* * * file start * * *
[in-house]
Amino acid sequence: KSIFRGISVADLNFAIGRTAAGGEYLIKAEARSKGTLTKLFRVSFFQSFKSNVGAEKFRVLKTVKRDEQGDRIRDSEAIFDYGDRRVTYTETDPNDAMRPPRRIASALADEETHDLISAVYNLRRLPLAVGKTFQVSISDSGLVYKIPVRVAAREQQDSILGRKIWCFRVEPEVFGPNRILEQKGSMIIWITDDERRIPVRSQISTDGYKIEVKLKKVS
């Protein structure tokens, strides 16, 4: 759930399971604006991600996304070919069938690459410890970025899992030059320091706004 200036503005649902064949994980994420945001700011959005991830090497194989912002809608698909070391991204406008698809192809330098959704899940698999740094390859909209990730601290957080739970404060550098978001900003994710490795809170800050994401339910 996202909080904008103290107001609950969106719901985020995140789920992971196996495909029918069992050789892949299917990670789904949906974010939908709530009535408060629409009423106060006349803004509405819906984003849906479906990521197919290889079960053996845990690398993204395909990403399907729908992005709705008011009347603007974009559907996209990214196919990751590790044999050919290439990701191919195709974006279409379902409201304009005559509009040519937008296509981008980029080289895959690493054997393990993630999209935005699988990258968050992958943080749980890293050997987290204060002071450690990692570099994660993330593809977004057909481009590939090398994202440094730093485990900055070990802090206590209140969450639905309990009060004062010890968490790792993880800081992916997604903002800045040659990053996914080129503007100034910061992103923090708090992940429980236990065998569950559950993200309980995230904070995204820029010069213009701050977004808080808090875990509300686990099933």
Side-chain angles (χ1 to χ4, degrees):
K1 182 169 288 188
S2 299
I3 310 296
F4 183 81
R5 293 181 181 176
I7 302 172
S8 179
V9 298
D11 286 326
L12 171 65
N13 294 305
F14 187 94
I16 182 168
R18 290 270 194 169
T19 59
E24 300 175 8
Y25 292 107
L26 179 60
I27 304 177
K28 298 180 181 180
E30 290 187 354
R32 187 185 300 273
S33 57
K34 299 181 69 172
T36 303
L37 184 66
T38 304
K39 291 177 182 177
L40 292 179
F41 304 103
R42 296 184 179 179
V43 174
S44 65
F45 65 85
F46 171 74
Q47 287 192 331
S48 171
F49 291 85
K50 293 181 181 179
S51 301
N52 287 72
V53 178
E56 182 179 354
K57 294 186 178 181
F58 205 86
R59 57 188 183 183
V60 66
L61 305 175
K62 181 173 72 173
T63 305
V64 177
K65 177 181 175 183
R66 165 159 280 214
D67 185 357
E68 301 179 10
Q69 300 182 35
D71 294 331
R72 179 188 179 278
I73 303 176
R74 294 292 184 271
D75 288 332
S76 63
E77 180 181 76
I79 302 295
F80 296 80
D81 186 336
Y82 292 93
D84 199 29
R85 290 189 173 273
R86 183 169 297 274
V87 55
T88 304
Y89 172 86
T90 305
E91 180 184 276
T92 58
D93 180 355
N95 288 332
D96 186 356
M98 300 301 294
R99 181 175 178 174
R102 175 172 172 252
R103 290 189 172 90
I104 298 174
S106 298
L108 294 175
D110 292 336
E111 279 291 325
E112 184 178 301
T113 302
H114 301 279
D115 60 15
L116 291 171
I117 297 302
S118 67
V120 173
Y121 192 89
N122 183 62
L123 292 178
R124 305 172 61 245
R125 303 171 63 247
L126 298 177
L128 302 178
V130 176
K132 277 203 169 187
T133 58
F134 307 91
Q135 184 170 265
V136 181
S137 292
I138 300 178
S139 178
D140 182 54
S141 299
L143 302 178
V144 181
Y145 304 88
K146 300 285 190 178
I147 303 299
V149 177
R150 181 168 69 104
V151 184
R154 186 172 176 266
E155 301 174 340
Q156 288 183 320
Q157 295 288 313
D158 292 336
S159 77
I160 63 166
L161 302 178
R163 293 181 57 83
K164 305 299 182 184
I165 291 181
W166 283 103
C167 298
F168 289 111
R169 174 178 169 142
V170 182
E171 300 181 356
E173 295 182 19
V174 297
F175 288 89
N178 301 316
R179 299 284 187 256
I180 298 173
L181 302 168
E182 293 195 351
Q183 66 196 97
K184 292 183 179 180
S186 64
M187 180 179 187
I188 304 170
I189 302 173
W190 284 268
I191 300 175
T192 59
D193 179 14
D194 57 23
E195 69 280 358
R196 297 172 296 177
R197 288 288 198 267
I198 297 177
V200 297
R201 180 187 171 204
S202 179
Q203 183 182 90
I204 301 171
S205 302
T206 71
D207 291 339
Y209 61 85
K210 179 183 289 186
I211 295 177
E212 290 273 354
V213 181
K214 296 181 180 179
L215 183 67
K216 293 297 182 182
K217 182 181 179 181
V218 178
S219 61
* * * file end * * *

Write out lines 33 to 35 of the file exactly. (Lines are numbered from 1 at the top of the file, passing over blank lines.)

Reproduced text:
L40 292 179
F41 304 103
R42 296 184 179 179